Felix Fabri stopped on his journey to Jerusalem with twelve other pilgrims, in Venice. During their stay in Venice, they stayed in an inn. Fabri primarily describes the people of Venice more so than the food or the weather and climate. I assume this is because he states that he has been there before and these aspects of Venice were not new or surprising to him. When describing the inn in Venice that he and the other pilgrims stay at from the twenty-seventh to the thirtieth of the month, Fabri starts by describing the host and the people who run the inn and then focuses on the guard dog of the inn. When describing the hostess of the inn he describes her as being a kind and good woman whom he already knew. He also states that no one within the inn was Italian but were all German. Fabri then goes on to speak about the guard dog of the inn. This guard dog is said to be large and black and has a love of the German people. This love is to the extent where the dog becomes violent with anyone who is not German who attempts to enter the inn as well as with other dogs but is sweet and lovable with anyone who is German. Fabri then tells of how he asked his fellow pilgrims if he could stay in the local convent or in the boat because he did not want to stay with secular people. While the men he had asked denied his request, he did visit the convents and his fellow religious men every day of their stay. Fabri also takes the time to describe the other pilgrims he sees in Venice who are also making their way to Jerusalem. Fabri also states several times that they had to pay off the people whom they asked to aid in their journey to protect them from being robbed, beaten, and molested. Overall, Fabri primarily discusses and brings up the characters of the people he is around or in the land of as well as the religious aspects of the lands in which he sees and his fears of the people he is not traveling with.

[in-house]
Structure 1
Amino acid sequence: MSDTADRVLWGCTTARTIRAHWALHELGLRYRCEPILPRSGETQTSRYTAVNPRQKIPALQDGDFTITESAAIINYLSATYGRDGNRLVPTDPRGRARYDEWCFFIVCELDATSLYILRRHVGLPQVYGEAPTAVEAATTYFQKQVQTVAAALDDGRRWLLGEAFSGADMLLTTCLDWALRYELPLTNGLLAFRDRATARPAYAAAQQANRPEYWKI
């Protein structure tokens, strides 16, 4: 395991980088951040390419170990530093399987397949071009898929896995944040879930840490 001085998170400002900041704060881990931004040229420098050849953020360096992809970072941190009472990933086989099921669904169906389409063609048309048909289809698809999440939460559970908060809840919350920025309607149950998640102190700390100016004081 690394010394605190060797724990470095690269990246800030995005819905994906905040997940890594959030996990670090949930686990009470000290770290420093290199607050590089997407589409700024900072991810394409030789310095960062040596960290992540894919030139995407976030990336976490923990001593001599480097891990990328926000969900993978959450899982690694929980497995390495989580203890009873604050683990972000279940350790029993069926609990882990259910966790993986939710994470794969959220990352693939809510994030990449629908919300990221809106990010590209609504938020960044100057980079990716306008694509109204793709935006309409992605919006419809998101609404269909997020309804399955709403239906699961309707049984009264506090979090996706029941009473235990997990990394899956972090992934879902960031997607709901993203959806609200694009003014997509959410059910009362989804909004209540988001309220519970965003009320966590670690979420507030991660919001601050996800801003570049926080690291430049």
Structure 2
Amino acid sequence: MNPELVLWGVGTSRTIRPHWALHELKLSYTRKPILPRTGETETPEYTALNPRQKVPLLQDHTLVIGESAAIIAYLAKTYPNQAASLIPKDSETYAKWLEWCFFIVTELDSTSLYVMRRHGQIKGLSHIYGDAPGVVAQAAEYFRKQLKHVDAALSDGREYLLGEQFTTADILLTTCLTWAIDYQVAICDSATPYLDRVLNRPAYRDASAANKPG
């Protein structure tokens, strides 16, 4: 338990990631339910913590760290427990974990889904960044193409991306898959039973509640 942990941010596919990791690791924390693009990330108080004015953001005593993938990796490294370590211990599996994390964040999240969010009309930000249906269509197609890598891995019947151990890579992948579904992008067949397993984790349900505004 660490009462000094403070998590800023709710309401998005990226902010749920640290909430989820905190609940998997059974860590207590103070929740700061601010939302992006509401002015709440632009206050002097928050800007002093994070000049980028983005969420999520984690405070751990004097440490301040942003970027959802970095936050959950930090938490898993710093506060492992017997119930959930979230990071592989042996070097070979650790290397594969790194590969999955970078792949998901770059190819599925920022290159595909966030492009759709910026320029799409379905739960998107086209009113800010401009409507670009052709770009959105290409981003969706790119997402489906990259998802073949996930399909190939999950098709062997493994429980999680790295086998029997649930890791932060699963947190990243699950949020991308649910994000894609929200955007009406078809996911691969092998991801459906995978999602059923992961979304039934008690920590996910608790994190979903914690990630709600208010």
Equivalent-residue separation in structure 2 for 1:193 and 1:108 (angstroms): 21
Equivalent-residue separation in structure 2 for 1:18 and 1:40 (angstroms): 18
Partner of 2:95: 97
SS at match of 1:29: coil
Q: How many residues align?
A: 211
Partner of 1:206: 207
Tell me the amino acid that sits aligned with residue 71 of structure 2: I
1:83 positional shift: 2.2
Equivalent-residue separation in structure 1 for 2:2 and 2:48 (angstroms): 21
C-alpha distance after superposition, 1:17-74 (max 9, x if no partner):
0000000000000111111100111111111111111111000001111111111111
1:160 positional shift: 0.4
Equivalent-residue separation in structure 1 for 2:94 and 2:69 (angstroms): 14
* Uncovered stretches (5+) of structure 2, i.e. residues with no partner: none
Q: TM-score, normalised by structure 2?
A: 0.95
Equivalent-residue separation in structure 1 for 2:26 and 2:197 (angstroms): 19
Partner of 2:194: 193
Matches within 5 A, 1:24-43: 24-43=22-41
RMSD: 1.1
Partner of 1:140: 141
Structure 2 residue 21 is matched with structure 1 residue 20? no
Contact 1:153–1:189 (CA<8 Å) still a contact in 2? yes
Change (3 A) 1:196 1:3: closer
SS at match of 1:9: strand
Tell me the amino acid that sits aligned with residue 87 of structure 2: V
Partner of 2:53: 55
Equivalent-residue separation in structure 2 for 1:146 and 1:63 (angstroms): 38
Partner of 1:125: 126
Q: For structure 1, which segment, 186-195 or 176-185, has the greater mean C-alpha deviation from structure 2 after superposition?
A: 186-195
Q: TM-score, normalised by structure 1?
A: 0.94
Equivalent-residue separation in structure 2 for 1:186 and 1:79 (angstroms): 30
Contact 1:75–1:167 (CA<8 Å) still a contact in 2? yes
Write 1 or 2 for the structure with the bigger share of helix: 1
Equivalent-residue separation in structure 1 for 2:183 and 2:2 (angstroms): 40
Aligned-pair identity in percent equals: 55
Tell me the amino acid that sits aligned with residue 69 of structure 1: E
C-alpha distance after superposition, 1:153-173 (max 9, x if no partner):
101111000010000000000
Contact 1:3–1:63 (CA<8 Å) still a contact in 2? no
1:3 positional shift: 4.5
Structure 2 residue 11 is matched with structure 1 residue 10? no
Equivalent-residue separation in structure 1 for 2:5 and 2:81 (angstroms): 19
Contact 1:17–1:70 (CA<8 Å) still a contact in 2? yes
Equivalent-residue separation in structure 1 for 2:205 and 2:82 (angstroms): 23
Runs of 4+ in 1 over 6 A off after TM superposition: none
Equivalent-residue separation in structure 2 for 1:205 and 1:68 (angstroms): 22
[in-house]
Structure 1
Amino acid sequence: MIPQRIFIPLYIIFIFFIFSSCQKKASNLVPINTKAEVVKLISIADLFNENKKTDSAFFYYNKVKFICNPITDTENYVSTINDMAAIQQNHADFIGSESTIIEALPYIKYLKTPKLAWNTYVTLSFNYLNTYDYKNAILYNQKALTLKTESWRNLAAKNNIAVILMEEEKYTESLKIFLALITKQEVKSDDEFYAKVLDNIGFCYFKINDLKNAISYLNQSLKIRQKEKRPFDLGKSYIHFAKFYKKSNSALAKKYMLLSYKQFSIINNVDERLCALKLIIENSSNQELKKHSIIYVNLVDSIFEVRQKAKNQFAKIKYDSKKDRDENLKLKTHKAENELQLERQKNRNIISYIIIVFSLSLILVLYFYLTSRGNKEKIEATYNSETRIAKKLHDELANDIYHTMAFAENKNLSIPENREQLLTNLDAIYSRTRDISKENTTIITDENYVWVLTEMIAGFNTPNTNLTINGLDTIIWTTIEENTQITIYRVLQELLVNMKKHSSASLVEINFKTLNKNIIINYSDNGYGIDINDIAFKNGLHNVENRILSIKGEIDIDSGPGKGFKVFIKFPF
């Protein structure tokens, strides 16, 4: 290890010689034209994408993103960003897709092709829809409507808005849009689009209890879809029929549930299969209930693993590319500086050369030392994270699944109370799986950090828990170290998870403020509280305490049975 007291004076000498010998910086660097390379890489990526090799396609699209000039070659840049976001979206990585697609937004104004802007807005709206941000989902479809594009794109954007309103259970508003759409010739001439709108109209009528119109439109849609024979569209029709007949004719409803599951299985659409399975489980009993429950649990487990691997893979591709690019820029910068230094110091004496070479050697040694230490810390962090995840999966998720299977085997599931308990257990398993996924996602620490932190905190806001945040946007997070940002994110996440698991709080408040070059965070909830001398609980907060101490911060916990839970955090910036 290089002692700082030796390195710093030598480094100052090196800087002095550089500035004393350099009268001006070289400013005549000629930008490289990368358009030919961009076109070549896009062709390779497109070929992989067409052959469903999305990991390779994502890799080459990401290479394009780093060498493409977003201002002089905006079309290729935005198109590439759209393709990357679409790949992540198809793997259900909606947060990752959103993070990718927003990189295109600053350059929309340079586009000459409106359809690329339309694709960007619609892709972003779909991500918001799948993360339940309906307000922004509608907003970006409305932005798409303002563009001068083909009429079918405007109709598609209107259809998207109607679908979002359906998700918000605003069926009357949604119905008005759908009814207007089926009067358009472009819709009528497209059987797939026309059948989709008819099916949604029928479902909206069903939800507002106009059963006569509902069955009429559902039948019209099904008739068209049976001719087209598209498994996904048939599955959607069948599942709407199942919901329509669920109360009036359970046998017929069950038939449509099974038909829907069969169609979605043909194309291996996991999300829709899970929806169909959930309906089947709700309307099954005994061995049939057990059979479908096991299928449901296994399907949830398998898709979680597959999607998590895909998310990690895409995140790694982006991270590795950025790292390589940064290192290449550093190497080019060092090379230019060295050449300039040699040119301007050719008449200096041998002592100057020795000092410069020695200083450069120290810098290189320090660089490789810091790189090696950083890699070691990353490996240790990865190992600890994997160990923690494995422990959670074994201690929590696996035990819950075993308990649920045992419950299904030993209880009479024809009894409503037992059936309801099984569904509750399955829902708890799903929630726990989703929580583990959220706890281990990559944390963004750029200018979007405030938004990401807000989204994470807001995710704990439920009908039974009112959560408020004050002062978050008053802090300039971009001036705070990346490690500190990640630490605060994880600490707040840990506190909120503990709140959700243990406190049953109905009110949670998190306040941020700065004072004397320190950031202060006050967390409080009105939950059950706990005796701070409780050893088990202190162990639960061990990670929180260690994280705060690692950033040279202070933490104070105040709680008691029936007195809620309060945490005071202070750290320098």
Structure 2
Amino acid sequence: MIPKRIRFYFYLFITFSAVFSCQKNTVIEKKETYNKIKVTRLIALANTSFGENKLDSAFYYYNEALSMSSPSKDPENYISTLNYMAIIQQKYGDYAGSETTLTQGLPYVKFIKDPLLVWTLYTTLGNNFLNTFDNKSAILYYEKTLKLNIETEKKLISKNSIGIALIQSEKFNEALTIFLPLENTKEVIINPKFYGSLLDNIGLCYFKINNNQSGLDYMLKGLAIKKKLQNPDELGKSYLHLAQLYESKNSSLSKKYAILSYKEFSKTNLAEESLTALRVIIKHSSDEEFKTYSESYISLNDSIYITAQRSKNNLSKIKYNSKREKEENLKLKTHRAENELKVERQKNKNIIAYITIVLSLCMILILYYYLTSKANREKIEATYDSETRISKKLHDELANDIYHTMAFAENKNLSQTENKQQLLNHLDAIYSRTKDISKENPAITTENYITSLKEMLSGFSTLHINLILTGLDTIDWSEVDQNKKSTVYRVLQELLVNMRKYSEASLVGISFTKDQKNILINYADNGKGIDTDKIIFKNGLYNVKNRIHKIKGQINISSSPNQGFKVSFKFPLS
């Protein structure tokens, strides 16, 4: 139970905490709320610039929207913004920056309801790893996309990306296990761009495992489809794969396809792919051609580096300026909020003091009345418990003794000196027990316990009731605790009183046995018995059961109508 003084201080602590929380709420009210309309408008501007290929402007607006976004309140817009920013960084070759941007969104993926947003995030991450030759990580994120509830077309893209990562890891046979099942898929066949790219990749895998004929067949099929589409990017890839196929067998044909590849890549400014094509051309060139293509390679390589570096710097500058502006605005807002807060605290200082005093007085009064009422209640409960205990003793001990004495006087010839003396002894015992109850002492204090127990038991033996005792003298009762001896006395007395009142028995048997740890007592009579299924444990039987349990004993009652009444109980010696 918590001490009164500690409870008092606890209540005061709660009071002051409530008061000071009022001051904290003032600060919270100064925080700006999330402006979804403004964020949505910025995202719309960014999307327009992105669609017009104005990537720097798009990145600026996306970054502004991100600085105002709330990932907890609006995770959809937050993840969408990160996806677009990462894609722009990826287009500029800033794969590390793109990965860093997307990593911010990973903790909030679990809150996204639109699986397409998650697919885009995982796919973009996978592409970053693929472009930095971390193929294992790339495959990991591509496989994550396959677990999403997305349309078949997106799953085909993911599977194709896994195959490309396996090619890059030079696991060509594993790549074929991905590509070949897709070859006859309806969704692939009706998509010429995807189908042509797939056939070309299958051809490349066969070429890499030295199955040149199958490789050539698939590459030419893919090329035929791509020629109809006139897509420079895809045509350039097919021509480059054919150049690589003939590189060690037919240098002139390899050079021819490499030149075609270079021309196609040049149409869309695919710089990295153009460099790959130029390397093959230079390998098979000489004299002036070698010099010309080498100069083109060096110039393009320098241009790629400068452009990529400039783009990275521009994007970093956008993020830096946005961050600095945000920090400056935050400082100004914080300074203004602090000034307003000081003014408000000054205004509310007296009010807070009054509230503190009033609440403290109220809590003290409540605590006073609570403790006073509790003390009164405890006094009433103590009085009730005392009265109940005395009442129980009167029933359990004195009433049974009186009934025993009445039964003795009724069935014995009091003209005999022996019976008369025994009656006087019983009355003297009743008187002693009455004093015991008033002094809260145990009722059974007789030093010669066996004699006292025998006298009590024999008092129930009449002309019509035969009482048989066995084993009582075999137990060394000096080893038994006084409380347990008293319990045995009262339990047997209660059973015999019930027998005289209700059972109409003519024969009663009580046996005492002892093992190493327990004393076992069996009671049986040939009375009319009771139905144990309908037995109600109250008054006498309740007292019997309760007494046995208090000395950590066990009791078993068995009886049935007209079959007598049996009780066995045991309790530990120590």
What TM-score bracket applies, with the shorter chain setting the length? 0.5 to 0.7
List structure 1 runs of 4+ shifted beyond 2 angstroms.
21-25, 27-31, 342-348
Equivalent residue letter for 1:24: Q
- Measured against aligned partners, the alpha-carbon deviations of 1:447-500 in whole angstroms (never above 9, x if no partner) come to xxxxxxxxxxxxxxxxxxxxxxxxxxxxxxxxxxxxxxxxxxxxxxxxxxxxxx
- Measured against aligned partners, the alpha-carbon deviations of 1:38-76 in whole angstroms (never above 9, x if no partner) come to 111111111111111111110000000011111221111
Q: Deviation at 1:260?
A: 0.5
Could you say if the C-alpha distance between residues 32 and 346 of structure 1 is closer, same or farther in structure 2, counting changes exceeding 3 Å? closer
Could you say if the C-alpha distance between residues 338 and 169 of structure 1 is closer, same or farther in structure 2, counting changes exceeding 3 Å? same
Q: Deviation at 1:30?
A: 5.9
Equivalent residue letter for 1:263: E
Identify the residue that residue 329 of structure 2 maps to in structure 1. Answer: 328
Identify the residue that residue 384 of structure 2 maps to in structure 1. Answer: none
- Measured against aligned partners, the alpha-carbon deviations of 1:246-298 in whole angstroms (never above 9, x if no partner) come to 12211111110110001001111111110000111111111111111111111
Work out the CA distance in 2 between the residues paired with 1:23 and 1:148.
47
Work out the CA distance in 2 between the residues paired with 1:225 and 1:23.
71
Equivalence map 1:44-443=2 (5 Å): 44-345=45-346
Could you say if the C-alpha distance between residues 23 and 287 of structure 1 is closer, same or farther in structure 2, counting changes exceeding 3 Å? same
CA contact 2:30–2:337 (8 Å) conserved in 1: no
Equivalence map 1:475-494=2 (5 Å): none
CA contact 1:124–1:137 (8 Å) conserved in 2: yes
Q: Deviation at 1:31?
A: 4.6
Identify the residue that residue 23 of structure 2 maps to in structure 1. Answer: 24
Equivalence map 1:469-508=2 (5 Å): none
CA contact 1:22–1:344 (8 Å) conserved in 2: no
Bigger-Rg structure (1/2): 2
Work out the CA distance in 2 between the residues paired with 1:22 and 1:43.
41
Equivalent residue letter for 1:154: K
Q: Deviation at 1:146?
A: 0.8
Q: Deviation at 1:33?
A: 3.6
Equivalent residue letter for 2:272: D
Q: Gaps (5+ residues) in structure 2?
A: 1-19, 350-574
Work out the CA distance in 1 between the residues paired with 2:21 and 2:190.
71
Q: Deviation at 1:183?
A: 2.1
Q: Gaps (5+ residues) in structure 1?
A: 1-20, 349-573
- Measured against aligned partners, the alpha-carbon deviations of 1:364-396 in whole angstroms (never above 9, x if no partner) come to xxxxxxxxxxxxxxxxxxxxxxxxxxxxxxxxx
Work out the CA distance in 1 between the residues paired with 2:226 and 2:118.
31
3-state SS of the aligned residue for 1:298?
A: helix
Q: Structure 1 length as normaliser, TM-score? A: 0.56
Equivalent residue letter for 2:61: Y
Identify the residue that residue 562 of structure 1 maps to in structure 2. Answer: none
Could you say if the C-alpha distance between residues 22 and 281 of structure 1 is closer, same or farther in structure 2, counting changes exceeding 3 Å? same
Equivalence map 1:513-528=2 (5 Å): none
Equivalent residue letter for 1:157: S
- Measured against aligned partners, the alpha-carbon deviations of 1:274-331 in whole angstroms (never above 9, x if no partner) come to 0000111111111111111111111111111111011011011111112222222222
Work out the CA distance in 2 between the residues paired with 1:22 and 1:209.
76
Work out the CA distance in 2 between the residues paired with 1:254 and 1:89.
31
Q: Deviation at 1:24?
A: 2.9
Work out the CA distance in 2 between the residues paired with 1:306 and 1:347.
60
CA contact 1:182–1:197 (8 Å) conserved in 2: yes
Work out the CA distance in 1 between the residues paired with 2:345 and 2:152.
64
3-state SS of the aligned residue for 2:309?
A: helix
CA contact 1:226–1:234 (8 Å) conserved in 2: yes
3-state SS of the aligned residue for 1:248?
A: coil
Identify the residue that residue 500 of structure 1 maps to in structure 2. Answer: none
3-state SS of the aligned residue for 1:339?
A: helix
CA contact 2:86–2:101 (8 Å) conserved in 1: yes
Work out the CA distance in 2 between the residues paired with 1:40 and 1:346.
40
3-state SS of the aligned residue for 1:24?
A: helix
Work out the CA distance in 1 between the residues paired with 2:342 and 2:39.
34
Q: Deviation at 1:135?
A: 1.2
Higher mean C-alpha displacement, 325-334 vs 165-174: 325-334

Fabri’s constant focus of the religious aspects of the areas in which he travels as well as his constant reasoning of why he and the other pilgrims do aid in showing just how devoted Fabri is toward his religion. Fabri also speaks of his fears of the of the people who live within the areas that they are traveling through. Fabri mainly focuses on the negative things that these people could do to him and the other pilgrims. Fabri mainly focuses on the religions of the people of those areas and attributes their violence and the negative aspects that he associates with them to being a result of their religion. Fabri speaks very negatively of other religions as well as Christians of different regions of the world then where he is from. This shows that he does hold a prejudice against not only other religions but also other people groups in general. He also seems to view himself as better than them as a result of his belief that he is both more devout and a Christian then any of the other people in the other lands. This shows that he is not only used to the belief that there is a class system within religion bast on how devote an individual is, but also that there is turmoil and conflict between the different sects of religions. Something that I found unusual but also very helpful was that he was describing the countries of Germany and Italy in a way that seemed somewhat close to that of modern time. This caught me off guard because I was never fully sure when the borders between countries were erected but I thought they were more recent than the Middle Ages. I felt that Fabri’s purpose behind telling of these things was to not only give the readers a better understanding of where he was and what was going on but also that he was catering to the religious reader. I also am of the opinion that part of the reason that he was so focused on the religious aspects of the region was because he was possibly only expecting his work to be read by the religious or people who belong to the church, i.e.. Monks, priests, and popes.